Digital Closet: Grail or Fail? STYLEBOOK 2020| I Tried It for 30 Days – pt. 1
StyleBook touts itself as being an expert wardrobe organization and closet management tool created by a fashion industry insider, who got her start as an intern in the Vogue fashion closet and is an alum of Lucky magazine.
I tried using it for 30 days. You can see the full video soon at MommaAMommaB on YouTube.
Here are some highlights from the first two weeks:
Day 1 – This is the best idea ever. I’m a genius.
Day 4 – So, I guess I have to spend an entire Saturday taking photographs of every single item I own if I REALLY want to use this app as intended. No cheating. Goodie. (This is my first FAIL day. I wore sweats all day to take photos of everything I own, and didn’t backlog my outfit at the end of the night – because that’s cheating. And I’m committed, dammit).
Day 5 – Dang, perfect timing. I totally forgot about period week.
Day 13 – We had a lovely soul offer to babysit for us at the last minute – they were in route to our house just in case we answered the phone.
Amy and I were right in the middle of preparing tacos for family dinner – of course we said YES!
It was Day 13 when I finally hit my groove:
I threw some lipstick and blush in my purse, tidying the house as quickly as possible; serving up my kids’ plates and swooping up those small hot spots of clutter – INSTEAD OF FRANTICALLY FIGURING OUT WHAT TO WEAR!
The fact that I was already basically dressed enough for a casual date to our local market was such a win, I can’t even.
Petite Mama? Try Target’s Athletic clothes…from the kids section. These XL teal pants by all in motion fit LONGER than my usual women’s S/M version – Seven bucks saved! Top is simple and black with velvet collar and sleeve trim
Photo @ Pybus Market in Wenatchee WA
This may not seem like a big deal for most people, but with two toddlers at home and selling two homes and moving across state twice in three years, I have been living in “cleaning” and “work” and “mom” clothes. At many times, the good stuff was “packed” and “not quite unpacked”. Both of which mean in a box but I’m trying to make myself look organized not lazy.
Let’s get one thing straight – we all go through moments in life where we earn our badges, our rights to wear whatever the hell we want to. And I use the term “mom clothes” on purpose.
My intention is to break the norm of what we think about mom clothes. Do you conjure up thoughts of bathrobes and curlers? Accurate. Do you think of the new twin mom in a slinky black dress on a date sans kids, whom are with the nanny after a successful round or three of breastfeeding (don’t worry, she left fresh pressed quinoa juice just in case – and a recording of her voice in a teddy bear that can be warmed in the microwave to match mothers exact body temp. Which is the same as anyone else’s in case you’re wondering…)?
Both images are accurate, and moms are also everywhere in between.
But I digress – I’m starting to feel like a human that is capable of daily showers (if I so choose) and an occasional opportunity to plug in a hot tool or use enough makeup to require a fixing spray. Man, I feel like a woman!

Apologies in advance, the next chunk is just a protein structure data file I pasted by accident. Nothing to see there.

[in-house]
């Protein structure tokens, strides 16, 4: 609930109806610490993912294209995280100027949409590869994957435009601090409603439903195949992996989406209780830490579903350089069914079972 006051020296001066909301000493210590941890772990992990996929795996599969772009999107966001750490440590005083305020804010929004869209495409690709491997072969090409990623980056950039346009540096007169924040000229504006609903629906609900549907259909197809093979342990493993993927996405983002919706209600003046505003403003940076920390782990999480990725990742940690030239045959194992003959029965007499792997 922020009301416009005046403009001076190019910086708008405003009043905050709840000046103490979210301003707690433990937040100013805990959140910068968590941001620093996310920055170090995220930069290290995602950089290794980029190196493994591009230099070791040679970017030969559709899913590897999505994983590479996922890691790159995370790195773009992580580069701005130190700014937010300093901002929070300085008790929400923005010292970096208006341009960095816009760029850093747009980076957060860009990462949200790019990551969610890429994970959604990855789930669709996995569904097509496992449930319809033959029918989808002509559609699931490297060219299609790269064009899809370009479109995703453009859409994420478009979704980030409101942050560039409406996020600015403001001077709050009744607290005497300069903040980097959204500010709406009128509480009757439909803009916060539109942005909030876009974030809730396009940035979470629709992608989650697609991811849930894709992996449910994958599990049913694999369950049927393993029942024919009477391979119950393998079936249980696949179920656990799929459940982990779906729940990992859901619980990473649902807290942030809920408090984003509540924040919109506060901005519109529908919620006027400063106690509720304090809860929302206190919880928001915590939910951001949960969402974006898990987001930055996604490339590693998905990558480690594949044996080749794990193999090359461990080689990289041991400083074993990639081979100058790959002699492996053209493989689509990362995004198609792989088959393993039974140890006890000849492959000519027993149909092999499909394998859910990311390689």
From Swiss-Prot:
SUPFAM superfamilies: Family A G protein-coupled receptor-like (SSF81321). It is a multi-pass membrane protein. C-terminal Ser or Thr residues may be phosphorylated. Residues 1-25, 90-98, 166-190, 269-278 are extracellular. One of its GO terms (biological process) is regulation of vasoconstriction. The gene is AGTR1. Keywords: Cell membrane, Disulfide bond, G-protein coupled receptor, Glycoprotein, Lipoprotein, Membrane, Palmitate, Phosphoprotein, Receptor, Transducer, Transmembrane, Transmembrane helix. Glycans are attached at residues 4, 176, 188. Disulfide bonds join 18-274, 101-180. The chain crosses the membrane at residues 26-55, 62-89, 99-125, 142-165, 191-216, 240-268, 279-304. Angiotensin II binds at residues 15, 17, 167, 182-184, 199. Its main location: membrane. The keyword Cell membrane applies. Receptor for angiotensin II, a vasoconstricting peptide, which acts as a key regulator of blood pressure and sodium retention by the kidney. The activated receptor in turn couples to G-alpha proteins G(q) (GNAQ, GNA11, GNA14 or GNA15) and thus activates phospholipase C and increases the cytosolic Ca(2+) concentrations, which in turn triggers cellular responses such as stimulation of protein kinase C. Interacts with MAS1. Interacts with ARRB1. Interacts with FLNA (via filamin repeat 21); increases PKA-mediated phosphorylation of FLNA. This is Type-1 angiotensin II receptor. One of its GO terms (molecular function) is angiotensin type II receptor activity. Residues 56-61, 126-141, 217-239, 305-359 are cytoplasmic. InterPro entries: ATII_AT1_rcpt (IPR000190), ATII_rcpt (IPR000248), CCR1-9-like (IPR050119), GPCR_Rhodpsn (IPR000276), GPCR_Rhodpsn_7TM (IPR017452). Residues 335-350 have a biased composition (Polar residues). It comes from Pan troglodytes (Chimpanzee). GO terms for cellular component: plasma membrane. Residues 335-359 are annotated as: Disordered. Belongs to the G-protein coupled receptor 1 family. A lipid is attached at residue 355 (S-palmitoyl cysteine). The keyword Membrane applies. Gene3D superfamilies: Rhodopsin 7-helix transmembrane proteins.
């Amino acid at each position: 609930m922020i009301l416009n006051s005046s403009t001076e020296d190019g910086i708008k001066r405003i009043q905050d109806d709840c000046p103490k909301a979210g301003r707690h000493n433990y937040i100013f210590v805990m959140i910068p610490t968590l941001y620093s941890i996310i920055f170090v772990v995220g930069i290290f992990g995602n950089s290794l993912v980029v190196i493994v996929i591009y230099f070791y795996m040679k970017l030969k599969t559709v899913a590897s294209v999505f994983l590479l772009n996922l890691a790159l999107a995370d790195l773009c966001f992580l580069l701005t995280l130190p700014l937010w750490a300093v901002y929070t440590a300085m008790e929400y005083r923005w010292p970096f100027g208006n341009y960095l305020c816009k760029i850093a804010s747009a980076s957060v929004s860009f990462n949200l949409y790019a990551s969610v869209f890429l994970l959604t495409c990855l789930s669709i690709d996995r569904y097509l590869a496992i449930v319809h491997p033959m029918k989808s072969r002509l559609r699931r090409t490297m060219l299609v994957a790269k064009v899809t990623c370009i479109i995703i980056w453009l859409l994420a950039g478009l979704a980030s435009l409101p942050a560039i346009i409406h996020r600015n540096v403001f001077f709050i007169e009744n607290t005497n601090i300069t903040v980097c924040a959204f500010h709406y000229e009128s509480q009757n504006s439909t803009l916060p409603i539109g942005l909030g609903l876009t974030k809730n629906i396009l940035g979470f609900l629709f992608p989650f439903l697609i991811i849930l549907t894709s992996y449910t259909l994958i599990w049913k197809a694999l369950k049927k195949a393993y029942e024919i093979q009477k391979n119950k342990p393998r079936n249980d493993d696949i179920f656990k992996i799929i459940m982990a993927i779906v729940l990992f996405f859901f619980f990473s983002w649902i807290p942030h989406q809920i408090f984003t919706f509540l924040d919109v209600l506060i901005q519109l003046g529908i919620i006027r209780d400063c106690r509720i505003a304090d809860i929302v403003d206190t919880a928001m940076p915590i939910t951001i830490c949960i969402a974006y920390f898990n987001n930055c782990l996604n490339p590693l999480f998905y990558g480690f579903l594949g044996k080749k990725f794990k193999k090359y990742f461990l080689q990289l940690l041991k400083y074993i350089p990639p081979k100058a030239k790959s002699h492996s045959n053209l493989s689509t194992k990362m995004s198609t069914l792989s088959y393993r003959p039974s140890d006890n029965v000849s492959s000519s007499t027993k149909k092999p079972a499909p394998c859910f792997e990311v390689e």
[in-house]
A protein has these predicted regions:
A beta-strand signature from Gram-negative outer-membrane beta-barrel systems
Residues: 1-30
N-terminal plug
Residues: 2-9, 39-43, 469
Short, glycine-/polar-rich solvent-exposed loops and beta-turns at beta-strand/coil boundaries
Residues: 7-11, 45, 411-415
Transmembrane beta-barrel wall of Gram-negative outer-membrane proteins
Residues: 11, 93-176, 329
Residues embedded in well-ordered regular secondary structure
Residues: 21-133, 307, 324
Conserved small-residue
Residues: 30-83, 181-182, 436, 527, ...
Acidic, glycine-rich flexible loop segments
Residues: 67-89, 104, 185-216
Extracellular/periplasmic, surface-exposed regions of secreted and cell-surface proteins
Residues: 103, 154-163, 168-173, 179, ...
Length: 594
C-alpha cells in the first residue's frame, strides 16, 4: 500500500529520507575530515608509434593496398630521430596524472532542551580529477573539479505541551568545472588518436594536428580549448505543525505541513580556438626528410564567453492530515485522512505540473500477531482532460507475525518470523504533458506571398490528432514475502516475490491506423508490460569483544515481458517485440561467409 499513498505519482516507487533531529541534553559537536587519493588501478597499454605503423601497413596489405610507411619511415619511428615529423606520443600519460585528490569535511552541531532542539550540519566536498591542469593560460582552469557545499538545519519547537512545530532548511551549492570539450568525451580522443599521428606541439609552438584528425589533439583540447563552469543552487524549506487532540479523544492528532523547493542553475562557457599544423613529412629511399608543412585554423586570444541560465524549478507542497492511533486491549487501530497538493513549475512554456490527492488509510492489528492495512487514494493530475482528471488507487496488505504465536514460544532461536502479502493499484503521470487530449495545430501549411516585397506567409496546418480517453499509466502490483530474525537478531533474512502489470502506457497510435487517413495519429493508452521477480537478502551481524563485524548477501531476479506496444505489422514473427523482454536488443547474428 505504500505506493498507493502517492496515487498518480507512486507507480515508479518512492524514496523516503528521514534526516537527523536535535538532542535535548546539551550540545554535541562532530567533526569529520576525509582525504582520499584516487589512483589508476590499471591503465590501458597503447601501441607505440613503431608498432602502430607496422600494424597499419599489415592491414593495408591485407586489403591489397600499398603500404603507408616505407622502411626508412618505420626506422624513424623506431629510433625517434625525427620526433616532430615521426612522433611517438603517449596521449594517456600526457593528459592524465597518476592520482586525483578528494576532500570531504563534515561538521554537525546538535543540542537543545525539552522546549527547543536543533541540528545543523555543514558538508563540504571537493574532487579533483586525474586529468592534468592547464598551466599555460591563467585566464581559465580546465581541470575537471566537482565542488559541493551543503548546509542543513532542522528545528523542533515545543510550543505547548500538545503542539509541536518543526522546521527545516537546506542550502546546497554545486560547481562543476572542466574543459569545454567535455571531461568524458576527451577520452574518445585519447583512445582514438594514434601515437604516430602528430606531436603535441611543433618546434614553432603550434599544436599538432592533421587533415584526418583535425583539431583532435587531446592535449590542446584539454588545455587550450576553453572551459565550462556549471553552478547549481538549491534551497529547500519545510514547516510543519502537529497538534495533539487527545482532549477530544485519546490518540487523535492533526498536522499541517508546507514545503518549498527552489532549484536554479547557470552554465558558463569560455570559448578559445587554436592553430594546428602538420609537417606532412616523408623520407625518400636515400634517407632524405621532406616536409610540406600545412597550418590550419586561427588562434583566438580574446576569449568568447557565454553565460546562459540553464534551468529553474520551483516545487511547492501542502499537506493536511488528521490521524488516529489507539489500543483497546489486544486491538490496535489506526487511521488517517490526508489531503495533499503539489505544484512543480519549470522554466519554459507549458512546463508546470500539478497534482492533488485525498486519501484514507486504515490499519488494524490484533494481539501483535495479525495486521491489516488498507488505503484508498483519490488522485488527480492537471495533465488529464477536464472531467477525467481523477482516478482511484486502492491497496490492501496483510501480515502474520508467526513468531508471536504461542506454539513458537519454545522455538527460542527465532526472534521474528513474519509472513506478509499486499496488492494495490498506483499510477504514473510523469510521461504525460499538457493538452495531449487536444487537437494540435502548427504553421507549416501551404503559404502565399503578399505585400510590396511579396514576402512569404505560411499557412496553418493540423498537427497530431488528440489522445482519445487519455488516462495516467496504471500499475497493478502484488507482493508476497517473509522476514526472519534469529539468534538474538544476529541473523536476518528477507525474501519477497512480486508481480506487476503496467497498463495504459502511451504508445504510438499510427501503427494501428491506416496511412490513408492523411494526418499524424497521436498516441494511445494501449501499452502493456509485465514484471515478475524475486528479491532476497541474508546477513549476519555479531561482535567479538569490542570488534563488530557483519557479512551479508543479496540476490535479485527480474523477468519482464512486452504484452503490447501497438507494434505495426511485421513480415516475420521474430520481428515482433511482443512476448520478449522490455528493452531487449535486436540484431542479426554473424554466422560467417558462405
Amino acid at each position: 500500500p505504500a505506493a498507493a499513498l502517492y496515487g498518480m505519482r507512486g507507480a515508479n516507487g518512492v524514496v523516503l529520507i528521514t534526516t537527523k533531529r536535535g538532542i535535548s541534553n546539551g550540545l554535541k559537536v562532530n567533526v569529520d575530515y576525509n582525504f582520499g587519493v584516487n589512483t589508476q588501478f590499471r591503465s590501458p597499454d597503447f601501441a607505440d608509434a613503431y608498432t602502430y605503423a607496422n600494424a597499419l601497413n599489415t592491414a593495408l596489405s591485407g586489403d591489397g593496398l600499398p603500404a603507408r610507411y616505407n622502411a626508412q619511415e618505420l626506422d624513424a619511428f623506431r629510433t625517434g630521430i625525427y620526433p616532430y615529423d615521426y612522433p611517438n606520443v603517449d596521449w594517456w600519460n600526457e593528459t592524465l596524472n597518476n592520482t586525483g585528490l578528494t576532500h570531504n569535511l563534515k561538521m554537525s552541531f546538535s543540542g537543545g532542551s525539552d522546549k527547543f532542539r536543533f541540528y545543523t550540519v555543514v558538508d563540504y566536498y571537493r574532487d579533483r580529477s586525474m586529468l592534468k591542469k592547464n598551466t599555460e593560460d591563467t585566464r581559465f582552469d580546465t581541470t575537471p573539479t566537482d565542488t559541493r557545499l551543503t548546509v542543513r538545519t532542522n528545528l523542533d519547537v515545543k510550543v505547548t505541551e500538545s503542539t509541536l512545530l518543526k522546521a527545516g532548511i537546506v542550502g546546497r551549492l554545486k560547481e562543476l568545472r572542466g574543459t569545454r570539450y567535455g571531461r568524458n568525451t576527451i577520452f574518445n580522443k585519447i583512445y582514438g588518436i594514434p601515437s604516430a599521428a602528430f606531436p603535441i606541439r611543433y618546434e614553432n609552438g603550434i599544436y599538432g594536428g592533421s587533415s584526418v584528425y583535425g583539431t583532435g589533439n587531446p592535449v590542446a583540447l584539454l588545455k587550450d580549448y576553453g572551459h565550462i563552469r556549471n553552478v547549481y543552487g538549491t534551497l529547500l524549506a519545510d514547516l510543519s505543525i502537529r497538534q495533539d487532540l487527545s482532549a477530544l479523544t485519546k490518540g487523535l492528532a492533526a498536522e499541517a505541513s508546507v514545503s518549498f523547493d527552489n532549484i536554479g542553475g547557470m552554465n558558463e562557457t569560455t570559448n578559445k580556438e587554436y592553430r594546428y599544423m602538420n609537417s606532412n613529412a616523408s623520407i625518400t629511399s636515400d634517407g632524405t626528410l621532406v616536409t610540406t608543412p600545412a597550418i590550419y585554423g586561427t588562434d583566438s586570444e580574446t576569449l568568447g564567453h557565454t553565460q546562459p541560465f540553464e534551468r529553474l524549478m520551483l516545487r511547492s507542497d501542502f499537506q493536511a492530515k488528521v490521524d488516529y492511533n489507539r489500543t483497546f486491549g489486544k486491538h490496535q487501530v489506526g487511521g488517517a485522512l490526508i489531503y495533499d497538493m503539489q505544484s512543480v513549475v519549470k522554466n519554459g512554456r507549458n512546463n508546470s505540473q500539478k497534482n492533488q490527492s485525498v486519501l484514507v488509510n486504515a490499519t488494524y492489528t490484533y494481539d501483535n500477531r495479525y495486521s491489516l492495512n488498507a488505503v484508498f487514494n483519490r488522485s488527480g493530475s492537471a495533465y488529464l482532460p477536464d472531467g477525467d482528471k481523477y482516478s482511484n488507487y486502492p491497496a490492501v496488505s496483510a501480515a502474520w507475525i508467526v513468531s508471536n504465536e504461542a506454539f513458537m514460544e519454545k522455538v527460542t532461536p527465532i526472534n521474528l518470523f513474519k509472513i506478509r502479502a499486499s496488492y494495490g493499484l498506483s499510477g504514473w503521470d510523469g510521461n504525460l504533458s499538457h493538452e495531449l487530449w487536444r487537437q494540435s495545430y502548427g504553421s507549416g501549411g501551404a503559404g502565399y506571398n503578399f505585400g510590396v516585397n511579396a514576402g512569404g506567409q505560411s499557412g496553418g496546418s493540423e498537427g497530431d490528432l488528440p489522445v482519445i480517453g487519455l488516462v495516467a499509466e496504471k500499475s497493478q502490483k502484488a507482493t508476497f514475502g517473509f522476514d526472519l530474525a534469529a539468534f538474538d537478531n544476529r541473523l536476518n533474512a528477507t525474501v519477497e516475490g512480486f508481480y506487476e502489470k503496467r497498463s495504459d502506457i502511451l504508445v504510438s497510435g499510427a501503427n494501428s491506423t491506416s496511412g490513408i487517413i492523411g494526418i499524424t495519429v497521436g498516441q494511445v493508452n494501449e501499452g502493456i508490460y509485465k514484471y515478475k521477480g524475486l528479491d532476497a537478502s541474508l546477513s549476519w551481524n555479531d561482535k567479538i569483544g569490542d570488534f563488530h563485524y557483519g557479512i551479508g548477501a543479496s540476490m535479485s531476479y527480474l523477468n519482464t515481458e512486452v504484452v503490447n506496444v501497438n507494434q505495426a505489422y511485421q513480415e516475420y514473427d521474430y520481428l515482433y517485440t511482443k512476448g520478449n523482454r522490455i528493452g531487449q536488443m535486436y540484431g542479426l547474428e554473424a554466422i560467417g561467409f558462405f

As parents, especially moms, we can often feel like we are under the microscope, expected to stand up to the ideals of the Instagram “norm”. I embraced this time to stay at home and raise my babies, and I was incredibly fortunate to have been able to make that choice. But I’m not going to pretend it was a walk in the park!
By “embracing this time,” I low-key mean “went without harsh baby-damaging hair dyes or nail polishes, the fumes of which could leave my kid with crossed purple eyes and a limp on three sides and a lifetime curse of driving an old Chevy Malibu with a bad fuel pump. Or something.
Basically, sacrificing for the greater good. Drinking all the water, cutting back on pepsi with quad shots. I kid…sort of. I’m an “all-in” kind of gal, which is exactly why I stay away from casinos or anywhere with a mechanical bull and redbull. So to me, sacrificing meant living in pea-stained sweats, scrubbing pee-stained onesies and being okay with that.
And I still am! I loved every second. But now, I realize that my maternity clothes truly don’t fit any longer, which is a sad day. I loved what they symbolized, and that stage of my life. Also, I could eat a second slice without having to undo buttons and ALL dresses had snack holes [pockets]. Winning.
Don’t worry, guys. There’s a version for you, too. My inner wanna-be feminist is wondering “why the dichotomy” – but I’ll admit it’s a nice looking alternative.
I wish there was an option to just buy ONE stylebook and update the layout and user preferences to your liking, but perhaps this is their roadblock to preventing adults from sharing at home. We happen to be a home with two adult women Head Of Households so ideally we’d share a closet. But in real life we don’t, and our styles are similar but different enough. So we didn’t choose to share the Stylebook for Women app across our devices, as Amy chose the Men’s version.
Also, in this day and age, nothing gets under the digital radar! I was contacted within two hours of this post with some helpful advice from Stylebook App itself:
I’ll admit I jumped the gun by not giving a full 30 day try before this post – I would have likely uncovered this feature in the near future. Maybe it was a shameless self plug 🔌 for a future Apple Scripting tutorial. The world may never know.
So, there you have it! Download the version if your preference, know there are options! And set a timer for notifications…
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Digital Closet: Grail or Fail? STYLEBOOK 2020 | I Tried It for 30 Days – pt. 2 Coming Soon!